“Naming Gotham” Book Launch Tonight At MAS – Learn Where NYC’s Iconic Street, Bridge, Etc. Names Came From


This Wednesday, August 23 from 6-8 PM, join us for the first Municipal Art Society of New York + Housing Works author series program with Rebecca Bratspies, moderated by Elizabeth Goldstein. The pair will join in conversation about Rebecca’s recent publication, Naming Gotham.

Copies of Rebecca’s book will be available for purchase. There will also be snacks and drinks available for purchase. The event is free & open to the public.

Read more about the event here >

About the Book

New York’s many roads, bridges, tunnels, neighborhoods and institutions bear the names of a diverse cast of characters. The Kosciuszko Bridge honors Tadeusz Kosciuszko, a Polish American Revolutionary War hero and fervent abolitionist. The Outerbridge Crossing, named after the Port Authority’s first chairman, Eugenius Outerbridge, is called a crossing because Outerbridge Bridge sounded absurd. Shirley Chisholm State Park celebrates the first Black woman elected to Congress, the larger-than-life Shirley Chisholm. Clifford Holland originally designed his tunnel under the Hudson River to accommodate horse carts.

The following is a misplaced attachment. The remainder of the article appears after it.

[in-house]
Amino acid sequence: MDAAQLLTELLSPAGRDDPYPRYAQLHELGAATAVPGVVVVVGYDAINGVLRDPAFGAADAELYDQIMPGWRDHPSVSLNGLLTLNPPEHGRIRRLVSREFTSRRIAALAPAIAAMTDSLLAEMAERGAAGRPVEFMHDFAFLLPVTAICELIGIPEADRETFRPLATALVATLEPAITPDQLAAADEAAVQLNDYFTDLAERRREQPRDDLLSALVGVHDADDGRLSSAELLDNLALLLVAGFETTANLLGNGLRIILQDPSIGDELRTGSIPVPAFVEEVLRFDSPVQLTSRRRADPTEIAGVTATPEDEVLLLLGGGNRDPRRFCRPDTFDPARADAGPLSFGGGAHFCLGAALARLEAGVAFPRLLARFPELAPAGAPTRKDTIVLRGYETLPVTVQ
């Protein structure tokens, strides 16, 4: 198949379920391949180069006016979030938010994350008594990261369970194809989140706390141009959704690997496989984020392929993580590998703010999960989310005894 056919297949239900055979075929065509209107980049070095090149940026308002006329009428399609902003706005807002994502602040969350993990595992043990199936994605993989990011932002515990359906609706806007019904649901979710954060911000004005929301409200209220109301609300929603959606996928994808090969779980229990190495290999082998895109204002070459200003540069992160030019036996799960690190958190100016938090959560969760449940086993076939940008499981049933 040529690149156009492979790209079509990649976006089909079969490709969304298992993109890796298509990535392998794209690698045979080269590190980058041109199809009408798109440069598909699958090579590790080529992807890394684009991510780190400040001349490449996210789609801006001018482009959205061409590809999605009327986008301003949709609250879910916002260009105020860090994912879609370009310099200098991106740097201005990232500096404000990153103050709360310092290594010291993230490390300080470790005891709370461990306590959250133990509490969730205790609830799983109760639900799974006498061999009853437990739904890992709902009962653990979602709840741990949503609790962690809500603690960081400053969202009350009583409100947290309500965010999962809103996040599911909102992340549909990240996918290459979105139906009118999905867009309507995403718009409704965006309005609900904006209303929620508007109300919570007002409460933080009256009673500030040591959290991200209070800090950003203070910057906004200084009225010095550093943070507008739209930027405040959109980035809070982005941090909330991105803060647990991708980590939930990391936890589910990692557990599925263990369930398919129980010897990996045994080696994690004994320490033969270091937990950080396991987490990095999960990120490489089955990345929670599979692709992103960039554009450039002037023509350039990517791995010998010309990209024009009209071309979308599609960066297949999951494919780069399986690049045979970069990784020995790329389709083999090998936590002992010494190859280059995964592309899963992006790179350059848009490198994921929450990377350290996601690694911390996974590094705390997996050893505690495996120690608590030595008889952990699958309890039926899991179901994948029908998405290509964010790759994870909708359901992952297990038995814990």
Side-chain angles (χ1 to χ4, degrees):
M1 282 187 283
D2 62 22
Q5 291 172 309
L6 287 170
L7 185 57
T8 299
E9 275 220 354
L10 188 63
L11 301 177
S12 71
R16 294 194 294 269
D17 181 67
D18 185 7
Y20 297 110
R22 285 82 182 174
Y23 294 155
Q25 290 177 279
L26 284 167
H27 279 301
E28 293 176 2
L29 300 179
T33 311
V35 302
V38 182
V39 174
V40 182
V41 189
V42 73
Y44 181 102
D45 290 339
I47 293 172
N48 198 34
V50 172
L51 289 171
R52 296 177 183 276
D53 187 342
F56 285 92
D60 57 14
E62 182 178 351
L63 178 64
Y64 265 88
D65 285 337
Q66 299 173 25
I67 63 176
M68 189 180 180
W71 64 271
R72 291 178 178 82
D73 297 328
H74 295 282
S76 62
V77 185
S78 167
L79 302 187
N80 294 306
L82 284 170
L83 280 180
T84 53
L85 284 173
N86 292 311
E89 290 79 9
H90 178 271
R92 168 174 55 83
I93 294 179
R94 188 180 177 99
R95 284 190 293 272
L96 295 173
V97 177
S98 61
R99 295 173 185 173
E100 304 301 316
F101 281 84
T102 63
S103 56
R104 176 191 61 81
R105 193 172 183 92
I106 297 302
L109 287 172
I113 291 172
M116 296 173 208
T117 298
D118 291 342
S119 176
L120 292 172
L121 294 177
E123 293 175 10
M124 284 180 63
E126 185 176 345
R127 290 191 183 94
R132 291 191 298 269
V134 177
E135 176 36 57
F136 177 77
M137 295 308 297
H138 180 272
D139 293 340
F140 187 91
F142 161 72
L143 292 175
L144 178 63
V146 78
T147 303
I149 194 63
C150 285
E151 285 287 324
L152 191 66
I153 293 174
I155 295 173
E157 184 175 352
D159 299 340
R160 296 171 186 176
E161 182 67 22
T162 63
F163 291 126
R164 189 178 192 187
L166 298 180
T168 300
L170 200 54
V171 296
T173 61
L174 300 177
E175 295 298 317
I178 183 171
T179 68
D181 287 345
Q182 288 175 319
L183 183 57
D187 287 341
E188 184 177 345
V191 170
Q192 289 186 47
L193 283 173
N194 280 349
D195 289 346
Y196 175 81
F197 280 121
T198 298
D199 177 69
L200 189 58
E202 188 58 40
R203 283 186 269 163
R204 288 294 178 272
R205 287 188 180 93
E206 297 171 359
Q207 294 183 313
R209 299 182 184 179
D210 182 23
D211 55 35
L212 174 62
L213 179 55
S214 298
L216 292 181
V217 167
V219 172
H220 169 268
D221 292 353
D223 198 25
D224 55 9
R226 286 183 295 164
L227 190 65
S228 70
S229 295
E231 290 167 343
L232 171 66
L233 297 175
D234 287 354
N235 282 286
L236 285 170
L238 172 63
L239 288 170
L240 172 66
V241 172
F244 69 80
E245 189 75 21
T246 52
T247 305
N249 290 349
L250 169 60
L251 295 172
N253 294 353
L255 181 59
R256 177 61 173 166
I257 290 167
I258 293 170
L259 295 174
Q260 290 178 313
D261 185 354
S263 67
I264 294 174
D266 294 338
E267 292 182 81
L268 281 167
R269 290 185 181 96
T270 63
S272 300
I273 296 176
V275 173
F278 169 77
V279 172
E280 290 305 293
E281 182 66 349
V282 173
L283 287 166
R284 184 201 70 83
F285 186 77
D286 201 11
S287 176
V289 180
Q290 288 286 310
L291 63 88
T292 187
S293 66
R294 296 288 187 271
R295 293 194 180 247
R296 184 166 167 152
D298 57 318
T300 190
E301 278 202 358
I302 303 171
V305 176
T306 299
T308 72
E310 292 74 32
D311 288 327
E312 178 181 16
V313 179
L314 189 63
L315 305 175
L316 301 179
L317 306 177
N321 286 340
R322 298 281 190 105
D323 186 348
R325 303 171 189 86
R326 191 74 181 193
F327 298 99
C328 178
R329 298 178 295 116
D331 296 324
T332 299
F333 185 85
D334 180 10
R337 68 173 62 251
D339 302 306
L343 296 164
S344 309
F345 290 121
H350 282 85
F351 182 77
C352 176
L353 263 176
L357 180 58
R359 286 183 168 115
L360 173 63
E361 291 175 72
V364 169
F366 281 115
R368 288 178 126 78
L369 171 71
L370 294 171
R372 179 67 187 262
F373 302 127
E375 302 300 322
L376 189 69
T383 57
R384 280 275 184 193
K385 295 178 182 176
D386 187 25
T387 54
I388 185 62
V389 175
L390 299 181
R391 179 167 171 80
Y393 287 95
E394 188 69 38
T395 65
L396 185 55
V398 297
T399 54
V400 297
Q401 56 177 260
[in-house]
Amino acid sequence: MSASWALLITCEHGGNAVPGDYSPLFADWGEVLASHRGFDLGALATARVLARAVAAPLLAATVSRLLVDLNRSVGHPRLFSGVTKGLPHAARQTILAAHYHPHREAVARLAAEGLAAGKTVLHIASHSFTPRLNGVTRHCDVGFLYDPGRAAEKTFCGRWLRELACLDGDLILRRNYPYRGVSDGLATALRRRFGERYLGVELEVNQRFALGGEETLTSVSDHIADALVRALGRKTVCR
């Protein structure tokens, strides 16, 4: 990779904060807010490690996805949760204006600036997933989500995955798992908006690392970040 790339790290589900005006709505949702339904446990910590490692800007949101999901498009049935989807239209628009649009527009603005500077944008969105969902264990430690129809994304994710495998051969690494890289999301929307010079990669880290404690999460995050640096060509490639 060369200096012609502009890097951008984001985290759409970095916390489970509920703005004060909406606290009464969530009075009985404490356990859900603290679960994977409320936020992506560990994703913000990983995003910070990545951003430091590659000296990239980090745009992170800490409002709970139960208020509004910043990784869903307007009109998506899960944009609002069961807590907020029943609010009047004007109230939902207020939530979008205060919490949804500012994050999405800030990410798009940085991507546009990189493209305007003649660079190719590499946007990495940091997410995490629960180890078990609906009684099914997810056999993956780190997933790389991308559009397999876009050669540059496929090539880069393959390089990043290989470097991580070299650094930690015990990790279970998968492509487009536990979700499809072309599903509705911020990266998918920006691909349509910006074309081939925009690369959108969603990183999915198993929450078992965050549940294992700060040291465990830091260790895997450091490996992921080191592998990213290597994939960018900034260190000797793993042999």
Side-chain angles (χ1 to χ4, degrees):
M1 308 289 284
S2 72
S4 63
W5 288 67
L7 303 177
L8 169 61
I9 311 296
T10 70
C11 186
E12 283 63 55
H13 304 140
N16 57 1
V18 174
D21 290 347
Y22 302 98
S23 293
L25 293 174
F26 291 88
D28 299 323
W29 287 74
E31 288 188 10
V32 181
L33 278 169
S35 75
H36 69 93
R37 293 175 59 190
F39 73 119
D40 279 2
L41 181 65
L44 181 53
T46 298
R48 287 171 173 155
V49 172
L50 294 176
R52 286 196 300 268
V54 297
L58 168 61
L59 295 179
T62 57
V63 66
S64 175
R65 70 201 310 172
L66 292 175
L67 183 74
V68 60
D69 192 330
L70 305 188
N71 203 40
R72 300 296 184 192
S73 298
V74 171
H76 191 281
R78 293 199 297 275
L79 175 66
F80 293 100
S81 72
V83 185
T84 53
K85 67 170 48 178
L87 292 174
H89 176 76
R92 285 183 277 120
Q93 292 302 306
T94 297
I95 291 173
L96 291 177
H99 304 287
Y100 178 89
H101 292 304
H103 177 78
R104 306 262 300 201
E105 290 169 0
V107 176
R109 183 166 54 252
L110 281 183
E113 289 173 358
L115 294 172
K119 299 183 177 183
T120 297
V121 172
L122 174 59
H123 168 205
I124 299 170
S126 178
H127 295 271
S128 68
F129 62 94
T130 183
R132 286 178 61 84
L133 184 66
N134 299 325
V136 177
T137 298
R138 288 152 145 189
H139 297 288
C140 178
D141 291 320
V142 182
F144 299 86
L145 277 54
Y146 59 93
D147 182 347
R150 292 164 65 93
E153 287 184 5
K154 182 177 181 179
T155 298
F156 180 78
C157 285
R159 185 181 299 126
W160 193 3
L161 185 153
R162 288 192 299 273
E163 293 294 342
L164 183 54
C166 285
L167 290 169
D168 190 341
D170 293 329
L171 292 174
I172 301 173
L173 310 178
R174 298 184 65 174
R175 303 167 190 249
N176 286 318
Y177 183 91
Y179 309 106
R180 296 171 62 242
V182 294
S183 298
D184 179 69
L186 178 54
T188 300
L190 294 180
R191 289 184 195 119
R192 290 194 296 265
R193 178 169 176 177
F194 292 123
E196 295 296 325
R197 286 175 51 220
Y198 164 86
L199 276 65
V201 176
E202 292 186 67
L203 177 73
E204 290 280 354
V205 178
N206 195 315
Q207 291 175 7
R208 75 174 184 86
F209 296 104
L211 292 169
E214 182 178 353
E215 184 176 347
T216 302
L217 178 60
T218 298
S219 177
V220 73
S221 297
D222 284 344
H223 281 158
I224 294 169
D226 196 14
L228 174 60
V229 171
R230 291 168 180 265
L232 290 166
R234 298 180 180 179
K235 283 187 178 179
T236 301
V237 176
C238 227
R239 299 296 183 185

These place names embody the rich history of the city that never sleeps, yet few know their true stories. Author Rebecca Bratspies uncovers the vibrant personalities behind the names that have become New York’s urban shorthand for traffic jams, culture and recreation.

Check out the book here >

Banner Image: Book launch graphic. Image Credit – MAS


Municipal Arts Society Of New York

The Municipal Art Society of New York (MAS) lifts up the voices of the people in the debates that shape New York’s built environment and leads the way toward a more livable city from sidewalk to skyline. MAS envisions a future in which all New Yorkers share in the richness of city life—where growth is balanced, character endures, and a resilient future is secured. Over more than 125 years of history, our advocacy efforts have led to the creation of the New York City Planning Commission, Public Design Commission, Landmarks Preservation Commission, and the Tribute in Light; the preservation of Grand Central Terminal, the lights of Times Square, and the Garment District; the conservation of more than 50 works of public art; and the founding of such civic organizations as the Public Art Fund, the New York Landmarks Conservancy, P.S. 1, the Historic Districts Council, the Park Avenue Armory Conservancy, and the Waterfront Alliance.

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